In mathematics, an affine algebraic plane curve is the zero set of a polynomial in two variables. A projective algebraic plane curve is the zero set in a projective plane of a homogeneous polynomial in three variables. An affine algebraic plane curve can be completed in a projective algebraic plane curve by homogenizing its defining polynomial. Conversely, a projective algebraic plane curve of homogeneous equation can be restricted to the affine algebraic plane curve of equation . These two operations are each inverse to the other; therefore, the phrase algebraic plane curve is often used without specifying explicitly whether it is the affine or the projective case that is considered. More generally, an algebraic curve is an algebraic variety of dimension one. Equivalently, an algebraic curve is an algebraic variety that is birationally equivalent to an algebraic plane curve. If the curve is contained in an affine space or a projective space, one can take a projection for su ...
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Dimension Of An Algebraic Variety
In mathematics and specifically in algebraic geometry, the dimension of an algebraic variety may be defined in various equivalent ways. Some of these definitions are of geometric nature, while some other are purely algebraic and rely on commutative algebra. Some are restricted to algebraic varieties while others apply also to any algebraic set. Some are intrinsic, as independent of any embedding of the variety into an affine or projective space, while other are related to such an embedding. Dimension of an affine algebraic set Let be a field, and be an algebraically closed extension. An affine algebraic set is the set of the common zeros in of the elements of an ideal in a polynomial ring R=K _1, \ldots, x_n Let A=R/I be the algebra of the polynomial functions over . The dimension of is any of the following integers. It does not change if is enlarged, if is replaced by another algebraically closed extension of and if is replaced by another ideal having the same ...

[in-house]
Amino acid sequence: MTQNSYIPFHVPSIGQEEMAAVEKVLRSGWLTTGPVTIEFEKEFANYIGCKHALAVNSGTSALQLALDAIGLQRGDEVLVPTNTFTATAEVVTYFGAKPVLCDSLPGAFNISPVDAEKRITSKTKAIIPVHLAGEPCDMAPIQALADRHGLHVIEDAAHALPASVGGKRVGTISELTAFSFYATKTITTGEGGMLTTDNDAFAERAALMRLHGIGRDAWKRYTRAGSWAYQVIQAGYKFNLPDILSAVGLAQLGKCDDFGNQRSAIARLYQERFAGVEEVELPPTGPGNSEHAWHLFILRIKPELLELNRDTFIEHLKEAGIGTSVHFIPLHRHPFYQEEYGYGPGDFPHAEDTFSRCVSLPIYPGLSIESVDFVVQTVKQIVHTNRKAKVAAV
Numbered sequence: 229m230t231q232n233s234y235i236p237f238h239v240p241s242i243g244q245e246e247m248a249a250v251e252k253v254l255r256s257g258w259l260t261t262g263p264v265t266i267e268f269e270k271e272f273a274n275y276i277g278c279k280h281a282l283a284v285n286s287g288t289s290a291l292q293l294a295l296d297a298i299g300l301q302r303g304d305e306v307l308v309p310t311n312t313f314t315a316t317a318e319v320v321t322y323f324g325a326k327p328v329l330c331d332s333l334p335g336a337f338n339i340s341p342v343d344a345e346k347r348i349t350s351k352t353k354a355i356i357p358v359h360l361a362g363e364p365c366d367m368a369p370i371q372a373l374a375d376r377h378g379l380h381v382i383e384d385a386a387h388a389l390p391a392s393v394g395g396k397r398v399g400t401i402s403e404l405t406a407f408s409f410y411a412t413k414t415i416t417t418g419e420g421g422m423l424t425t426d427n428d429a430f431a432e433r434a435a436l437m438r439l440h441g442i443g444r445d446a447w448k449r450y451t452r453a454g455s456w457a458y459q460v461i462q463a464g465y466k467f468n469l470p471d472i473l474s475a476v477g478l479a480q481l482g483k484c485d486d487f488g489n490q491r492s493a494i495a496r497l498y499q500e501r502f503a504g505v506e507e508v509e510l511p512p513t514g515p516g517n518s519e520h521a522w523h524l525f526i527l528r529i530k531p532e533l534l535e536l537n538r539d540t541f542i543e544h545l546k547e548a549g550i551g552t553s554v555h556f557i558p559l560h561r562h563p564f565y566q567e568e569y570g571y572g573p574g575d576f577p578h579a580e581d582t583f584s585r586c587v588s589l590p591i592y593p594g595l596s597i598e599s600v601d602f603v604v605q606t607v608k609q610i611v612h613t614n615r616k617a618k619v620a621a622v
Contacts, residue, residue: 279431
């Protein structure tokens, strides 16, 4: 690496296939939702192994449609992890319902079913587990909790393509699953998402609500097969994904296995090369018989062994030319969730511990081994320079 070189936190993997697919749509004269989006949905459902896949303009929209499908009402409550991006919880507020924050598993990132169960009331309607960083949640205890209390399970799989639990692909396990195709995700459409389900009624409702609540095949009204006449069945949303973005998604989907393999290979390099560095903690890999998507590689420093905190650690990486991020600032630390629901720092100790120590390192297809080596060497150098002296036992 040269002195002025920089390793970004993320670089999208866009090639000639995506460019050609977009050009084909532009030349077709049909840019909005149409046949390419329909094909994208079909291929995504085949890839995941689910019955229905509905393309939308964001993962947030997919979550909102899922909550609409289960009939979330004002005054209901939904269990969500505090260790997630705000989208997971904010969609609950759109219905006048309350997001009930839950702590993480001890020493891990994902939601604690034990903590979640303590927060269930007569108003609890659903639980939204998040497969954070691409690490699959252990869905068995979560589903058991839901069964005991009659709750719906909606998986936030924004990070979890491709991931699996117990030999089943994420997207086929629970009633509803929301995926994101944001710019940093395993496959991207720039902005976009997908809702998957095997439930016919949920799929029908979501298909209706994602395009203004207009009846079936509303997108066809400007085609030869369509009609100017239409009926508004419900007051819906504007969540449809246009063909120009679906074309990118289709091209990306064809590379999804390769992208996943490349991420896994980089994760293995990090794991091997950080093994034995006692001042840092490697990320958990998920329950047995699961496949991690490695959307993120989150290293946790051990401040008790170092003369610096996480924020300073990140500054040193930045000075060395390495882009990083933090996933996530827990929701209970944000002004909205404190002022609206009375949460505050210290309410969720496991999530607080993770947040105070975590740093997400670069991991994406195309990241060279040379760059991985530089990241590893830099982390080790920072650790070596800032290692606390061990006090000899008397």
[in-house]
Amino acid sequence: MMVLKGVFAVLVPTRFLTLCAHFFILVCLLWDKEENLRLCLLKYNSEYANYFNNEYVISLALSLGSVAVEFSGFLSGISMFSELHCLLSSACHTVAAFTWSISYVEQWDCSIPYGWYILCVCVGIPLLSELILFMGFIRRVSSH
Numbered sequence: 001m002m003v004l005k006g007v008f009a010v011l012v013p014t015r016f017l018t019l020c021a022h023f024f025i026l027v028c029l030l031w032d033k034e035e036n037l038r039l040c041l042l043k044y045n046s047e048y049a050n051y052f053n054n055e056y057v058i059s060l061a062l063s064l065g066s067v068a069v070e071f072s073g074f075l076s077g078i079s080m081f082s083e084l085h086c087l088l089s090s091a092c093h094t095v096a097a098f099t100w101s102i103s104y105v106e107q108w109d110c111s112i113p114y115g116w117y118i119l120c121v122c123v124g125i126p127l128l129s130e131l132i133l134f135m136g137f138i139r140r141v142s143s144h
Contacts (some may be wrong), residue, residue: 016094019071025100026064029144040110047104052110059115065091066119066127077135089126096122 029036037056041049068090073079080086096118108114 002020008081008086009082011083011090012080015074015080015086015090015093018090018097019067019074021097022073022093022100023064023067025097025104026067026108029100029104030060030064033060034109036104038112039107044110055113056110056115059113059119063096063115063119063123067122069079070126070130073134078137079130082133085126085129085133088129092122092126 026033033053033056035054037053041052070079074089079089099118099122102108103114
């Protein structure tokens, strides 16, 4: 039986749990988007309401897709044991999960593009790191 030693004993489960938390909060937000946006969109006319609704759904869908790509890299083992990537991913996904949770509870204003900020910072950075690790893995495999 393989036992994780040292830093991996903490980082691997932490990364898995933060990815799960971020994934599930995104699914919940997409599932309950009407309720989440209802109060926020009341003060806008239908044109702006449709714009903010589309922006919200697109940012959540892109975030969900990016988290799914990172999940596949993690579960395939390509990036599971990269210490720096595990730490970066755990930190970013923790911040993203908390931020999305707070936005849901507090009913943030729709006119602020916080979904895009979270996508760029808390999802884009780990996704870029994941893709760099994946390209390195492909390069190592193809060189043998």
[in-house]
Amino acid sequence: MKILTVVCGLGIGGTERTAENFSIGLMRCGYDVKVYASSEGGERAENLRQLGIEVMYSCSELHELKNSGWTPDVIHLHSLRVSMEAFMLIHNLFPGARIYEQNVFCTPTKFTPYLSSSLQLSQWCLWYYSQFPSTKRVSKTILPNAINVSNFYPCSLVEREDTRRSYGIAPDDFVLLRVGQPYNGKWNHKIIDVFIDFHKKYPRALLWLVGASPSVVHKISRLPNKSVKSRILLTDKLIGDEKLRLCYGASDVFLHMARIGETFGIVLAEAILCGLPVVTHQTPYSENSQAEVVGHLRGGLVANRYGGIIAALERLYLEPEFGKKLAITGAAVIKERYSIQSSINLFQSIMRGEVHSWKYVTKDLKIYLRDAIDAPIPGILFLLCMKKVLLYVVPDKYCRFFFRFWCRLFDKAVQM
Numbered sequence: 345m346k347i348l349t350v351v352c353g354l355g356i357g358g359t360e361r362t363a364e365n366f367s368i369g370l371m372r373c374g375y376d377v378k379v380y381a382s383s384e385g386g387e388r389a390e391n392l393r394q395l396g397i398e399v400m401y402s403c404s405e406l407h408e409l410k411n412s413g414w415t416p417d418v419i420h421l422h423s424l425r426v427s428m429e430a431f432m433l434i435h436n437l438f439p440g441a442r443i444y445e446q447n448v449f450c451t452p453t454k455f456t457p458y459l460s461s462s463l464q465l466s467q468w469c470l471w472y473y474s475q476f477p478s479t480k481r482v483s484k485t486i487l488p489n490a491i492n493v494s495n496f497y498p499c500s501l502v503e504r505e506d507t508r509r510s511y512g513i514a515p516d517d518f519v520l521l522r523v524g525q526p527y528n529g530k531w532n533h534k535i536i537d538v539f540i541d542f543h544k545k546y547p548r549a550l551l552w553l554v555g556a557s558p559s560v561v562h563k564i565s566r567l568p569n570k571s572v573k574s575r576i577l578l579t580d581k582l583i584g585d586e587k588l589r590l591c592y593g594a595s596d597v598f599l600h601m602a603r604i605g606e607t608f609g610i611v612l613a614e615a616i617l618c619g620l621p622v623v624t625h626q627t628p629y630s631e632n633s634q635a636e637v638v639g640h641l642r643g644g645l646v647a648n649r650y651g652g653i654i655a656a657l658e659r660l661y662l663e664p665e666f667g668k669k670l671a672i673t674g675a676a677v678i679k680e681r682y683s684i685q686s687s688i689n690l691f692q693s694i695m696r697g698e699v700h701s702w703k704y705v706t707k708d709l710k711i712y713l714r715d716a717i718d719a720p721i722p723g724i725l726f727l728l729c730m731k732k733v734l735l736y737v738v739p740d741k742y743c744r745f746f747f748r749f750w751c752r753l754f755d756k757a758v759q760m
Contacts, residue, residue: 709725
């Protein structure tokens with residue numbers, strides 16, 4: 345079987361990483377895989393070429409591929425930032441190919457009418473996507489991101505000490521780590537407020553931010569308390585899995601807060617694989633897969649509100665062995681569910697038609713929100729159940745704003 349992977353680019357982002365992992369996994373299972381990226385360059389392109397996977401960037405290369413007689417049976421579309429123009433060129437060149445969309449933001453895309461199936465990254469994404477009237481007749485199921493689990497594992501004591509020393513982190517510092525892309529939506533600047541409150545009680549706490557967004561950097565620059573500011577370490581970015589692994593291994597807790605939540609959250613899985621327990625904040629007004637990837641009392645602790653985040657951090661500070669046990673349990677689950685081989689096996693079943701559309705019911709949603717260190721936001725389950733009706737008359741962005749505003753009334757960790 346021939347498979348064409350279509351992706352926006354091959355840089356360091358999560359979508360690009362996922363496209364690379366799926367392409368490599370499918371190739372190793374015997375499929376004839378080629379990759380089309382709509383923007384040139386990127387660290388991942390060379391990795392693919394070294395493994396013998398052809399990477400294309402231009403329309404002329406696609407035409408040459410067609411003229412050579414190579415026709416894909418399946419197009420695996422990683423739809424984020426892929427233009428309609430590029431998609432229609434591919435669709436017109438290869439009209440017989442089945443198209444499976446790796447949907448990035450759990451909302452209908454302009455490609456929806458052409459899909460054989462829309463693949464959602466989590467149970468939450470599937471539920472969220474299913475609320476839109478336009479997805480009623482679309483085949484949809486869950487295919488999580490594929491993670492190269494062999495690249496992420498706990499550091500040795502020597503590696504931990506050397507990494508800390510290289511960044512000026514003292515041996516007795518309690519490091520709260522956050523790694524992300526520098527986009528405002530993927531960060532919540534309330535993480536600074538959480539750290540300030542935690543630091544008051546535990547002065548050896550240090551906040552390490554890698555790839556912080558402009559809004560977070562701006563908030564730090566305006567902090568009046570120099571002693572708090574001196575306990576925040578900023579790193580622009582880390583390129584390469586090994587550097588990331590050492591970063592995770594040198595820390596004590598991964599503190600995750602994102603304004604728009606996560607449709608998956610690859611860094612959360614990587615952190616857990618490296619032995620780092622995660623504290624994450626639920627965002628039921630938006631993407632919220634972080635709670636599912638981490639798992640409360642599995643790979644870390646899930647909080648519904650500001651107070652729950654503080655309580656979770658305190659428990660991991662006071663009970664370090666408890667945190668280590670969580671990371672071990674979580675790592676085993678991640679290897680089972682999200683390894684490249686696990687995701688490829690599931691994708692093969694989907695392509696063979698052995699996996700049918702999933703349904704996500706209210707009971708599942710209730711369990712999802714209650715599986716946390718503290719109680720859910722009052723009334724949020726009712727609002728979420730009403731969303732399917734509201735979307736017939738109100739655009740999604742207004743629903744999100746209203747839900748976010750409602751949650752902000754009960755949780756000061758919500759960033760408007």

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Singular Point Of An Algebraic Variety
In the mathematical field of algebraic geometry, a singular point of an algebraic variety is a point that is 'special' (so, singular), in the geometric sense that at this point the tangent space at the variety may not be regularly defined. In case of varieties defined over the reals, this notion generalizes the notion of local non-flatness. A point of an algebraic variety which is not singular is said to be regular. An algebraic variety which has no singular point is said to be non-singular or smooth. Definition A plane curve defined by an implicit equation :F(x,y)=0, where is a smooth function is said to be ''singular'' at a point if the Taylor series of has order at least at this point. The reason for this is that, in differential calculus, the tangent at the point of such a curve is defined by the equation :(x-x_0)F'_x(x_0,y_0) + (y-y_0)F'_y(x_0,y_0)=0, whose left-hand side is the term of degree one of the Taylor expansion. Thus, if this term is zero, the tangent may n ...
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Manifold
In mathematics, a manifold is a topological space that locally resembles Euclidean space near each point. More precisely, an n-dimensional manifold, or ''n-manifold'' for short, is a topological space with the property that each point has a neighborhood that is homeomorphic to an open subset of n-dimensional Euclidean space. One-dimensional manifolds include lines and circles, but not lemniscates. Two-dimensional manifolds are also called surfaces. Examples include the plane, the sphere, and the torus, and also the Klein bottle and real projective plane. The concept of a manifold is central to many parts of geometry and modern mathematical physics because it allows complicated structures to be described in terms of well-understood topological properties of simpler spaces. Manifolds naturally arise as solution sets of systems of equations and as graphs of functions. The concept has applications in computer-graphics given the need to associate pictures with coordinates ...